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The Hoax Museum Blog
Hoaxes, mischief, and misinformation throughout history
Beckham Kidnap Plot
Posted by The Curator on Tue Jun 10, 2003
The Observer details how the News of the World came to believe a far-fetched yarn about a plot to kidnap Victoria Beckham, even though their source was a serial liar.
Categories: Journalism, Sports Comments (0)
Ern Malley
Posted by The Curator on Tue Jun 10, 2003
The Sydney Morning Herald reports that Peter Carey is writing a novel about the Ern Malley hoax. It'll be titled My Life As A Fake. Ern Malley was the name of a poet who wowed Australia's Modernist literary establishment back in the 1940s. Trouble was, he was just a fictitious character invented as a prank by some anti-Modernists. Details here.
Categories: Literature/Language Comments (0)
Epidemic of Lying
Posted by The Curator on Tue Jun 10, 2003
The San Francisco Chronicle argues that America is suffering from an epidemic of lying, as a consequence of which we're no longer shocked by scandals such as the Jayson Blair Affair. We just expect that everyone is lying.
Categories: Journalism Comments (0)
Yehoash Tablet
Posted by The Curator on Mon Jun 09, 2003
The "Yehoash Tablet" found in Israel last year turns out to be a fake.
Categories: History Comments (0)
Sputnik on eBay
Posted by The Curator on Mon Jun 09, 2003
The auction of a genuine backup model of Sputnik on eBay is pulled because of hoax bids. Some more details here.
Categories: eBay Comments (0)
Damion Hall Not Dead
Posted by The Curator on Mon Jun 09, 2003
The singer Damion Hall is not dead, despite recent email rumors to the contrary (supposedly he was found dead on a greyhound bus).
Categories: Death Comments (0)
Lie Detectors
Posted by The Curator on Sat Jun 07, 2003
New, more accurate lie detectors being developed based on brain analysis.
Categories: Science Comments (0)
This is not a calculator
Posted by The Curator on Sat Jun 07, 2003
I wouldn't call this a hoax website, but it's definitely a site that has a strong viewpoint about reality. To be precise, the creator of the site knows exactly what is a calculator, and what is not a calculator.
Categories: Art Comments (0)
Believing in Fargo
Posted by The Curator on Fri Jun 06, 2003
Now here's an odd story. An article in the Guardian tells the tale of Takako Konishi, a Japanese girl who apparently believed that the movie Fargo was real (perhaps because it says it's a true story at the beginning, though it isn't) and went off to North Dakota to find the million dollars that one of the characters buries during the movie. Unfortunately Takako died trying to find the money. Or so everyone thought. The reporter who went to investigate finds out the real truth behind what happened to Takako.
Categories: Entertainment, Places Comments (0)
Princess Caraboo Portrait
Posted by The Curator on Fri Jun 06, 2003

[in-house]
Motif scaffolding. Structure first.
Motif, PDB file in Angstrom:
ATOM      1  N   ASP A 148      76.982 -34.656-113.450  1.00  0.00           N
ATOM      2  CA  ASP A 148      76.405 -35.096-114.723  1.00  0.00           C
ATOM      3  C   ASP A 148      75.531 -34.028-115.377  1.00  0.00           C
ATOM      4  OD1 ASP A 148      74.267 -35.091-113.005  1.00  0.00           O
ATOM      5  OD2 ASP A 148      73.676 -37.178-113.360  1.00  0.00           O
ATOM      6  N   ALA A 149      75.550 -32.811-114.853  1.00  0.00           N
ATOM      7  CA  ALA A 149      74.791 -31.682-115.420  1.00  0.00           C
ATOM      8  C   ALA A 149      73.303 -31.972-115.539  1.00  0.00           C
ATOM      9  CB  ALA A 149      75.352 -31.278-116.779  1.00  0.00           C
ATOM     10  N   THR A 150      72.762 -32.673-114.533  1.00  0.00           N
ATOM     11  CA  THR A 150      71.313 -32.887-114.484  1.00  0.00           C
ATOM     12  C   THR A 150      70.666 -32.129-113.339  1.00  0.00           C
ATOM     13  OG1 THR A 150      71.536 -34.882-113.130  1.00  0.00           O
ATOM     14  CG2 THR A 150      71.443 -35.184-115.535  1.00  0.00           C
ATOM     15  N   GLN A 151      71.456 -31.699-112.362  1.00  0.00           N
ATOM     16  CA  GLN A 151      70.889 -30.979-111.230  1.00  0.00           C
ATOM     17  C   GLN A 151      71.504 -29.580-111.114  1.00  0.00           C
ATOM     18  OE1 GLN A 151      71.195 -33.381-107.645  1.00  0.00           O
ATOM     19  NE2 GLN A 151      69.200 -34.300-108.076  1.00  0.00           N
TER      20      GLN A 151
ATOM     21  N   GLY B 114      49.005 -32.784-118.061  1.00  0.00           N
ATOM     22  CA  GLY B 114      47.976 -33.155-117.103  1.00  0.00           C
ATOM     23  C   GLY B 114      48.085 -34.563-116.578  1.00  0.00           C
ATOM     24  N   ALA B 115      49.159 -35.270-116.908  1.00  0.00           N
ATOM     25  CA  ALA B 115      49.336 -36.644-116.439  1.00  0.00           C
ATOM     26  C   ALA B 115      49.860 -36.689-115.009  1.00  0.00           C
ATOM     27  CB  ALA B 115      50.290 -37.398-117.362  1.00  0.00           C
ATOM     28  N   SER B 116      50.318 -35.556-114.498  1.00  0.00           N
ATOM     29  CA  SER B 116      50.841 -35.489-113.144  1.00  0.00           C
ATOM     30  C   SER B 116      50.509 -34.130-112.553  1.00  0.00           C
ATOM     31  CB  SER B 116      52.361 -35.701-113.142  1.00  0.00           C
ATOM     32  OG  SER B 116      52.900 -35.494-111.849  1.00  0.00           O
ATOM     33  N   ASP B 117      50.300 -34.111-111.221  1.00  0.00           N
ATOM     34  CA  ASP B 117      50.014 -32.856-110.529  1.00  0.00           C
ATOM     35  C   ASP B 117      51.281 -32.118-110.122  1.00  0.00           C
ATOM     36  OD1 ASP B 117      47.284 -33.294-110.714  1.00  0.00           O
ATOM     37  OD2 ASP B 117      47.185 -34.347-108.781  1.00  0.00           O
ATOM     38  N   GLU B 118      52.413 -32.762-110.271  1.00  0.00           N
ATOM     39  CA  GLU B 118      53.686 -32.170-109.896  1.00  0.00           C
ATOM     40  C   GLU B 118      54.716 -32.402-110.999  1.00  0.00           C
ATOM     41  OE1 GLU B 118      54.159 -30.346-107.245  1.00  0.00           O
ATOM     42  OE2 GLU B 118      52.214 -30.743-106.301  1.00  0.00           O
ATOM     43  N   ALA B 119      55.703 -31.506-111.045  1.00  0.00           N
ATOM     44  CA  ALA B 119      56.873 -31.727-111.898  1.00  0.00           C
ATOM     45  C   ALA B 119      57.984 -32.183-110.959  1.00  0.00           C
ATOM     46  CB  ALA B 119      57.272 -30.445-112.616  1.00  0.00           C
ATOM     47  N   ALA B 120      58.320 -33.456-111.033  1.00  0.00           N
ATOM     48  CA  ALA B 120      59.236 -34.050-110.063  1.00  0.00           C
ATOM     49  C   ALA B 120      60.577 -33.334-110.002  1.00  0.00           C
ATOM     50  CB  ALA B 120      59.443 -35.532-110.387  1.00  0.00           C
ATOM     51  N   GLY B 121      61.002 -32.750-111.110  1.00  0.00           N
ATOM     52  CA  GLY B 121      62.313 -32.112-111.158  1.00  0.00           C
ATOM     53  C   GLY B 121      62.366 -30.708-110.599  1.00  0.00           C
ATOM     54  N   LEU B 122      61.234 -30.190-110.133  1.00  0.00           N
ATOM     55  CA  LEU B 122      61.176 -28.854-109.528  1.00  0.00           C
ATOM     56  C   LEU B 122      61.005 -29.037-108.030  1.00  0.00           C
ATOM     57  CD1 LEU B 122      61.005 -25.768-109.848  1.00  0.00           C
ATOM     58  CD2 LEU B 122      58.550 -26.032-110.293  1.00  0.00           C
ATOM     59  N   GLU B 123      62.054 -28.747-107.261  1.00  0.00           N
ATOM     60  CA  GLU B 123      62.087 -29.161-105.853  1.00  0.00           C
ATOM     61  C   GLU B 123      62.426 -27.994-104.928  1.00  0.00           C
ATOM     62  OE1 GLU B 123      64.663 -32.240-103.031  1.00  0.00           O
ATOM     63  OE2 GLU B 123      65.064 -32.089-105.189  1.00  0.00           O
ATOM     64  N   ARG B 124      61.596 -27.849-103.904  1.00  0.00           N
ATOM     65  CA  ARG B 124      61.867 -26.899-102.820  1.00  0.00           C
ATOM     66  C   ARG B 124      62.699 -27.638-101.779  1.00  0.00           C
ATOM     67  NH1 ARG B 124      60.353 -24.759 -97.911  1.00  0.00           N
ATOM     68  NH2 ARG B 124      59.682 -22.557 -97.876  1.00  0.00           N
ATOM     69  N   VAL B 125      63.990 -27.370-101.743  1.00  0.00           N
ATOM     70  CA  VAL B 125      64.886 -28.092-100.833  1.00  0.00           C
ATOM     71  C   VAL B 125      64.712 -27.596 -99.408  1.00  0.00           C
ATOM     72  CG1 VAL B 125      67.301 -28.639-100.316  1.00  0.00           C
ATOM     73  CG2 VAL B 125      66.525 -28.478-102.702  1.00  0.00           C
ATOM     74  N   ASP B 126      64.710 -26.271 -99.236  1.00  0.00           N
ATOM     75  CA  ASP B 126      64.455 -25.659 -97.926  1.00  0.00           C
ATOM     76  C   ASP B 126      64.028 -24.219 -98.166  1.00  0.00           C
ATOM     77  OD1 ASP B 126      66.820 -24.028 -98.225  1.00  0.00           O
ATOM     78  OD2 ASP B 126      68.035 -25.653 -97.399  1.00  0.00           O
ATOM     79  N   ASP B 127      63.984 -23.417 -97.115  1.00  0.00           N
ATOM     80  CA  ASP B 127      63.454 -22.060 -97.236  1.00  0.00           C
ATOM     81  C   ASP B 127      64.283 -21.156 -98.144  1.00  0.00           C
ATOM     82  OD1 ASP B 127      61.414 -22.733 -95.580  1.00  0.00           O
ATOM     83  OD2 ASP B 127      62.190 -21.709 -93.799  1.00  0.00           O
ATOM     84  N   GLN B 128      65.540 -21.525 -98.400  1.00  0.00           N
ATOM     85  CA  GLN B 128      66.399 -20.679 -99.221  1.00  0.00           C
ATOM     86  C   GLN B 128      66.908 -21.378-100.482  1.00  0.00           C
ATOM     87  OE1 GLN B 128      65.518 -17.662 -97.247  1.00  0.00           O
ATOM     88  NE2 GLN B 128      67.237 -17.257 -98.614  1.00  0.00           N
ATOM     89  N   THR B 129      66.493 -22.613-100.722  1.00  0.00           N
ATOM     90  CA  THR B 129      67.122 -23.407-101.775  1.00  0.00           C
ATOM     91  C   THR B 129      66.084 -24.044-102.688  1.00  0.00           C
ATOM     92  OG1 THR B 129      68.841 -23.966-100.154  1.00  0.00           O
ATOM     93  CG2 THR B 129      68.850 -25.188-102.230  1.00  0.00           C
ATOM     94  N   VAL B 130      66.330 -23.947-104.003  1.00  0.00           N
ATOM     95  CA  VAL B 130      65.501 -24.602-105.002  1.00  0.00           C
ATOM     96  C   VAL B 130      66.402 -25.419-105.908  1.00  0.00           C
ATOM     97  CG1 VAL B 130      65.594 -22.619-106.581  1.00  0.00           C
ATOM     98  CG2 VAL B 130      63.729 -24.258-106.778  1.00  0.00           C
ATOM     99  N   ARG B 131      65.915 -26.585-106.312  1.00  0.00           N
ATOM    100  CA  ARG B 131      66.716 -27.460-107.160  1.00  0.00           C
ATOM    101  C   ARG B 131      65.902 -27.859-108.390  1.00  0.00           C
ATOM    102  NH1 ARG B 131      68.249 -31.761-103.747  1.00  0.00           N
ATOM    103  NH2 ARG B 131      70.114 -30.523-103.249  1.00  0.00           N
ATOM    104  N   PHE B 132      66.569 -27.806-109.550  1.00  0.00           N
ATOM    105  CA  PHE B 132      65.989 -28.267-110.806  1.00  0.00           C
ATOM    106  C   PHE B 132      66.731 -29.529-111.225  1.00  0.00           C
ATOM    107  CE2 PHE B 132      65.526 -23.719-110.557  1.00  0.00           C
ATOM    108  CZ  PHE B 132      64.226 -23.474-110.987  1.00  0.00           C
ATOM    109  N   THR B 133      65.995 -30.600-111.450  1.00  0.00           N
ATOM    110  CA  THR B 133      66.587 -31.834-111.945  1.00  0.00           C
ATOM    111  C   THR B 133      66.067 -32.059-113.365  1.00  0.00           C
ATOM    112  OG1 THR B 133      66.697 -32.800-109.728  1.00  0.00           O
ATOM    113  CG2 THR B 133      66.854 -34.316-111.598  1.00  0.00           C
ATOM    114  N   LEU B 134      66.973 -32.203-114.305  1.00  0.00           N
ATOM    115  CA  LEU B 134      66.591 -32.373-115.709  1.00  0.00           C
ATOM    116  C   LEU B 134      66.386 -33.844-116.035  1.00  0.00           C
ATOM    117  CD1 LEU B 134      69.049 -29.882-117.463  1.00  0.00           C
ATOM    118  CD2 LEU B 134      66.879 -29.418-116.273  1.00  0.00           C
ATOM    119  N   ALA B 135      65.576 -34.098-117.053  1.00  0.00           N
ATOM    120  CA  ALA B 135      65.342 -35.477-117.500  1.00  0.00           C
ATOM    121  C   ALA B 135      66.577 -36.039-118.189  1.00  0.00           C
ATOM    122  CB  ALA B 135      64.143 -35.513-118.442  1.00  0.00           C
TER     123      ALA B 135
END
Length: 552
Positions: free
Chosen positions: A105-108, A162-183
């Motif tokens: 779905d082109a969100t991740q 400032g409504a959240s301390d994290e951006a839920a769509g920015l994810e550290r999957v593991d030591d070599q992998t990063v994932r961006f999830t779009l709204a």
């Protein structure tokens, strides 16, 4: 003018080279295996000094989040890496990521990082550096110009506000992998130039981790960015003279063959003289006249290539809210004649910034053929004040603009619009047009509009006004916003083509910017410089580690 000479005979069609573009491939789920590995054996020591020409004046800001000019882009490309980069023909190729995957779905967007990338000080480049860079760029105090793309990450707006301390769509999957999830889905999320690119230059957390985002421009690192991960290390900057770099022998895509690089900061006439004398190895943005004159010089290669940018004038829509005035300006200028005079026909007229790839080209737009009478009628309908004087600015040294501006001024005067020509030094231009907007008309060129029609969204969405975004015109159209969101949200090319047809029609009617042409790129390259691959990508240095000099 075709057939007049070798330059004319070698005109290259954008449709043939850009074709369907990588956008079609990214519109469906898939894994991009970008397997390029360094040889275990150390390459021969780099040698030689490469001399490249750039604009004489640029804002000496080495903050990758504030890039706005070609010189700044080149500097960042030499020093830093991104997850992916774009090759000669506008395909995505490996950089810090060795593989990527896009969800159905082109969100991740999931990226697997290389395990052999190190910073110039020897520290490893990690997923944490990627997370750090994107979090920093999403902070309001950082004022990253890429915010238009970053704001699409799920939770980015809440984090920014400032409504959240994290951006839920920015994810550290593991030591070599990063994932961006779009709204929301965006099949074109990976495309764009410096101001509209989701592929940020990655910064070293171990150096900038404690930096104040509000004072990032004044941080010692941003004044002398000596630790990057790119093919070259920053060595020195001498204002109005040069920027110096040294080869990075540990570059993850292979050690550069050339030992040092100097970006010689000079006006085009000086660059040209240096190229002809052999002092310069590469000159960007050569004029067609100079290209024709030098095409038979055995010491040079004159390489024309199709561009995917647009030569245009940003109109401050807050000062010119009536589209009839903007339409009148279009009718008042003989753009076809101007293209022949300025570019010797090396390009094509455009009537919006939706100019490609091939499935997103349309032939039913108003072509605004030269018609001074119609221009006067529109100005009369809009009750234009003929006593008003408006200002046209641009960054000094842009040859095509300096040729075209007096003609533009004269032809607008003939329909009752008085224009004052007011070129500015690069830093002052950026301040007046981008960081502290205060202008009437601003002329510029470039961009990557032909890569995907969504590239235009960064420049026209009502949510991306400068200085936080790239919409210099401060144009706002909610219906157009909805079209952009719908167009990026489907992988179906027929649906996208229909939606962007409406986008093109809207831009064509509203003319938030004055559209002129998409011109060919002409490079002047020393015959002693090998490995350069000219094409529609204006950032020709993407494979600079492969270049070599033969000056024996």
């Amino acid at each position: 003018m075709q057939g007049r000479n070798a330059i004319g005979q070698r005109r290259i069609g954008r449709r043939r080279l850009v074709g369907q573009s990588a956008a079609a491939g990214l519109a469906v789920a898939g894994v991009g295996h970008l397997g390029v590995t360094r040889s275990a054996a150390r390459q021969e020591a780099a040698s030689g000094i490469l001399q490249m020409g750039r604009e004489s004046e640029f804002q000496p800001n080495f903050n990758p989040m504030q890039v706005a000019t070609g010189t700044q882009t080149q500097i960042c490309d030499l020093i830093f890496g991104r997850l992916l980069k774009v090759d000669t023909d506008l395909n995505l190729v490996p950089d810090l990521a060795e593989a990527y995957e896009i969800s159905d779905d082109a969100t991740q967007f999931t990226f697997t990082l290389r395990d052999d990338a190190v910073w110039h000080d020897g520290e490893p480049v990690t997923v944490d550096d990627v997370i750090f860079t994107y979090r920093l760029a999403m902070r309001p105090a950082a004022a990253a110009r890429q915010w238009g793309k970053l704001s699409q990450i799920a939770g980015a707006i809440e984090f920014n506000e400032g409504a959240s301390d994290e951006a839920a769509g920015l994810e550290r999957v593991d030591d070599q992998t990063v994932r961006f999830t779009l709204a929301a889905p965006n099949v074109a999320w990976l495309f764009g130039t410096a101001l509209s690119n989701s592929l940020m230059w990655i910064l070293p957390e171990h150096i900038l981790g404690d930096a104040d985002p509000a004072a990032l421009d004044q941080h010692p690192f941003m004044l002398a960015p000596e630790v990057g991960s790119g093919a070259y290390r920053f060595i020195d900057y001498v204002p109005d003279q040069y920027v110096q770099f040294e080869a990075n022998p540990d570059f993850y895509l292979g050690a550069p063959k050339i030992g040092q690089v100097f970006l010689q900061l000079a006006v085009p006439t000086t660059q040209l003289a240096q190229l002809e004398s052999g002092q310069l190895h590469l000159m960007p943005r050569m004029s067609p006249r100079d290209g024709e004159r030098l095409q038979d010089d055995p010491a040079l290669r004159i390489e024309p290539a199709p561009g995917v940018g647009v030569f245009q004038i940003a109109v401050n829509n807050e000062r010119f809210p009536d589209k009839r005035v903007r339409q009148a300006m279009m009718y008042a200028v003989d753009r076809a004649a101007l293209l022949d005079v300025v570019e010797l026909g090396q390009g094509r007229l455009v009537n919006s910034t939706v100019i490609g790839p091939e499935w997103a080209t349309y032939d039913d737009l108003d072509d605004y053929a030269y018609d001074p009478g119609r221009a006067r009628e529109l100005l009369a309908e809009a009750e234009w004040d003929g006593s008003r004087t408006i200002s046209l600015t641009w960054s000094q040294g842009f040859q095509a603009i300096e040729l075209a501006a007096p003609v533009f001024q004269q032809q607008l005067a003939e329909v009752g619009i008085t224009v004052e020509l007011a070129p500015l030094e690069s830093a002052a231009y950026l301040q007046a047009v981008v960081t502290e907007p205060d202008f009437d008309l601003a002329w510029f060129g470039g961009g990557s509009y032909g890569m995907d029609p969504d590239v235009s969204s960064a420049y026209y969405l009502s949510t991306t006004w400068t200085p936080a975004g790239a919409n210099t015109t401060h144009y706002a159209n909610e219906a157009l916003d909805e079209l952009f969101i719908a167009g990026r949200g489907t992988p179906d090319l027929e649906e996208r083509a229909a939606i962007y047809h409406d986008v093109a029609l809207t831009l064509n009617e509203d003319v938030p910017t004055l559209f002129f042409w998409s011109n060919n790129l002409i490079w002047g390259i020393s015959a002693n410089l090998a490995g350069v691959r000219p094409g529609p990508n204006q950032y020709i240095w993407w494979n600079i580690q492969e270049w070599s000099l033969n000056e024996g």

An 1817 portrait of Princess Caraboo done by Thomas Barker is going up for auction at Christie's soon. Bidding is supposed to reach at least £6000. If I had the money I'd bid on it. It would go nicely above my desk.
Categories: Art, Identity/Imposters Comments (0)
Miskatonic University
Posted by The Curator on Fri Jun 06, 2003
Here's the website of Miskatonic University, well known to fans of H.P. Lovecraft. If you don't know who Lovecraft is, you won't get the joke.
Categories: Paranormal Comments (0)
Spoof Ads
Posted by The Curator on Fri Jun 06, 2003
The Globe and Mail argues that many of the spoof ads going around recently are actually inside jobs created by the companies being spoofed.
Categories: Advertising Comments (0)
Touristguy Video Footage
Posted by The Curator on Thu Jun 05, 2003
Steve Merchant just shared this with me. Apparently it's video footage taken from a camera that survived the destruction of the World Trade Center.
Categories: Photos/Videos Comments (1)
Mail-Order Husbands
Posted by The Curator on Thu Jun 05, 2003
Guys have been able to shop for mail-order brides for quite some time now, so I guess this was inevitable: mail-order husbands. And what fine specimens of the male species they have available!
Categories: Sex/Romance Comments (26)
Another Moon Hoax
Posted by The Curator on Thu Jun 05, 2003
The Canberra Times reports on a different moon hoax from the late 1960s which it, in turn, read about in the most recent newsletter of the Canberra Skeptics society. This hoax was perpetrated by a grad student named Ray Crawford who had managed to get his hands on some NASA stationery: "Shortly after the first moon landing Dr John Lovering at the ANU [Australian National University] received a piece of moon rock to analyse. Ray wrote a letter purporting to be from NASA to Dr Lovering requesting he present a sample of his urine at the US embassy at 3pm on a certain day; this was to be sent to NASA for analysis in case John had become…
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